BMC Anesthesiology

, 19:220 | Cite as

Emergent airway management outside of the operating room – a retrospective review of patient characteristics, complications and ICU stay

  • Uzung YoonEmail author
  • Jeffrey Mojica
  • Matthew Wiltshire
  • Kara Segna
  • Michael Block
  • Anthony Pantoja
  • Marc Torjman
  • Elizabeth Wolo
Open Access
Research article
Part of the following topical collections:
  1. Airway and respiratory management



Emergent airway management outside of the operating room is a high-risk procedure. Limited data exists about the indication and physiologic state of the patient at the time of intubation, the location in which it occurs, or patient outcomes afterward.


We retrospectively collected data on all emergent airway management interventions performed outside of the operating room over a 6-month period. Documentation included intubation performance, and intubation related complications and mortality. Additional information including demographics, ASA-classification, comorbidities, hospital-stay, ICU-stay, and 30-day in-hospital mortality was obtained.


336 intubations were performed in 275 patients during the six-month period. The majority of intubations (n = 196, 58%) occurred in an ICU setting, and the rest 140 (42%) occurred on a normal floor or in a remote location. The mean admission ASA status was 3.6 ± 0.5, age 60 ± 16 years, and BMI 30 ± 9 kg/m2. Chest X-rays performed immediately after intubation showed main stem intubation in 3.3% (n = 9). Two immediate (within 20 min after intubation) intubation related cardiac arrest/mortality events were identified. The 30-day in-hospital mortality was 31.6% (n = 87), the overall in-hospital mortality was 37.1% (n = 102), the mean hospital stay was 22 ± 20 days, and the mean ICU-stay was 14 days (13.9 ± 0.9, CI 12.1–15.8) with a 7.3% ICU-readmission rate.


Patients requiring emergent airway management are a high-risk patient population with multiple comorbidities and high ASA scores on admission. Only a small number of intubation-related complications were reported but ICU length of stay was high.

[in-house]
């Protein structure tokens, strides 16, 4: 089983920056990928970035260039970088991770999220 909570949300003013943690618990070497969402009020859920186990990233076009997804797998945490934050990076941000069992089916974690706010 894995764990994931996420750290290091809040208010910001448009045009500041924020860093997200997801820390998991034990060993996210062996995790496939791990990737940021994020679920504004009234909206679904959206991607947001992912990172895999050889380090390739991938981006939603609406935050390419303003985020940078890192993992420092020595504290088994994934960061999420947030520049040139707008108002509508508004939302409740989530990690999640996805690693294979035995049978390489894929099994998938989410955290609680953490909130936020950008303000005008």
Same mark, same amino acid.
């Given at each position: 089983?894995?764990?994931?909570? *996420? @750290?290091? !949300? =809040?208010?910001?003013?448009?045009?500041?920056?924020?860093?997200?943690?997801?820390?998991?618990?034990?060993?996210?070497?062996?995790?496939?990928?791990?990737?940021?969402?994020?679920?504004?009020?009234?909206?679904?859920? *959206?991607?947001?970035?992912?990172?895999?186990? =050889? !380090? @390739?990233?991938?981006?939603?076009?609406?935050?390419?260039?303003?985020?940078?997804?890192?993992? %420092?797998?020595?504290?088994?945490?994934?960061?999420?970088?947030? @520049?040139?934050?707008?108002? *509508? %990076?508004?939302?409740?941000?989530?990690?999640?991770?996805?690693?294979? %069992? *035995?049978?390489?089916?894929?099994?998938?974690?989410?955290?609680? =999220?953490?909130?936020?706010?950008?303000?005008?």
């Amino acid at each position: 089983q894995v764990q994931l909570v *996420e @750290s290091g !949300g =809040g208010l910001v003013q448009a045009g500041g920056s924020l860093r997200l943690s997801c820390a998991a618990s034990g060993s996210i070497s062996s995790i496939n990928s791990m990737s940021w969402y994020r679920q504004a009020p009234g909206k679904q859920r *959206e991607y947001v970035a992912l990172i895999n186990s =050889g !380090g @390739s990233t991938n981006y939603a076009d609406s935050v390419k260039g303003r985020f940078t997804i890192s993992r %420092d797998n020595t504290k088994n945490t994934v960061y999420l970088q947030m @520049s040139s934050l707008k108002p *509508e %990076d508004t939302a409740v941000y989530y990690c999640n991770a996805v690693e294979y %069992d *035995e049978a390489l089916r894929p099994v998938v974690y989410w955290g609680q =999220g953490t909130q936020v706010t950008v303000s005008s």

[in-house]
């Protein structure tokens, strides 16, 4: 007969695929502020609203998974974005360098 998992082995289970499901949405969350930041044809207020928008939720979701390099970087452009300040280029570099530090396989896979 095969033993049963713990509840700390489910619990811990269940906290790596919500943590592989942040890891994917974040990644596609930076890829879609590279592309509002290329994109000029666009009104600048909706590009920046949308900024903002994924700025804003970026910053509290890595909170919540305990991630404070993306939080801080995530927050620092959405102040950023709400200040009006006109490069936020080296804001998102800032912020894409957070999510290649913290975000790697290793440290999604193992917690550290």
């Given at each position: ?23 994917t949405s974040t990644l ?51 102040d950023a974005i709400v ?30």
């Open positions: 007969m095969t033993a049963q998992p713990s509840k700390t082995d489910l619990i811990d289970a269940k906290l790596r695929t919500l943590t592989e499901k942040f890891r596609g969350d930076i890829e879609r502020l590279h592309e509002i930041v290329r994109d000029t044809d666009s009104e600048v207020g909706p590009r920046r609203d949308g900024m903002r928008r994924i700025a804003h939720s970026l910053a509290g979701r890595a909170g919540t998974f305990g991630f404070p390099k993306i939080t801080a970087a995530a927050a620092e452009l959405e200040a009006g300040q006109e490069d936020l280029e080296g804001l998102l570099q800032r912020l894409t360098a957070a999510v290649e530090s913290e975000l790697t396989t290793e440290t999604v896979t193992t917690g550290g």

Emergent airway Outside the operating room Intubation Mortality Cardiac arrest 



American Society of Anesthesiologist


Body Mass Index


Certified Registered Nurse Anesthetist


Ejection Fraction


Endotracheal Tube


Implantable Cardioverter Defibrillator


Intensive Care Unit


Nil Per Os


Operating Room


Emergent airway management is required outside of the operating room (OR) in every hospital setting. It is an inherently higher risk procedure when compared to controlled OR settings [1]. In the OR, most intubations are done under an elective, controlled environment and under supervision of attending anaesthesiologists. Intubations outside of the OR are performed under less ideal conditions which can lack appropriate personnel, equipment and monitoring devices. Outside OR intubations are performed in the ICU, general floor, emergency room or remote locations. Very little is known about the number of intubations performed and subsequent outcome of those patients.

Patients requiring emergent intubation are frequently hemodynamically unstable, hypoxic, and rarely NPO. History, physical exam, and information handoff by the primary care team is often incomplete or limited in an emergent airway setting. There is also limited time to perform an adequate airway exam.

Emergent intubation complications often result from compromised patient’s physiologic status, limited reserve, limited airway evaluation, difficult airway management, and inability to pre-oxygenate the patient. A 3% mortality rate within 30 min of intubation has been reported in the intensive care unit (ICU) setting [2]. Several studies have documented an 8–12% incidence of difficult intubation in the emergent setting [3, 4, 5] compared to an incidence of 5.8% during elective intubation in the OR [6].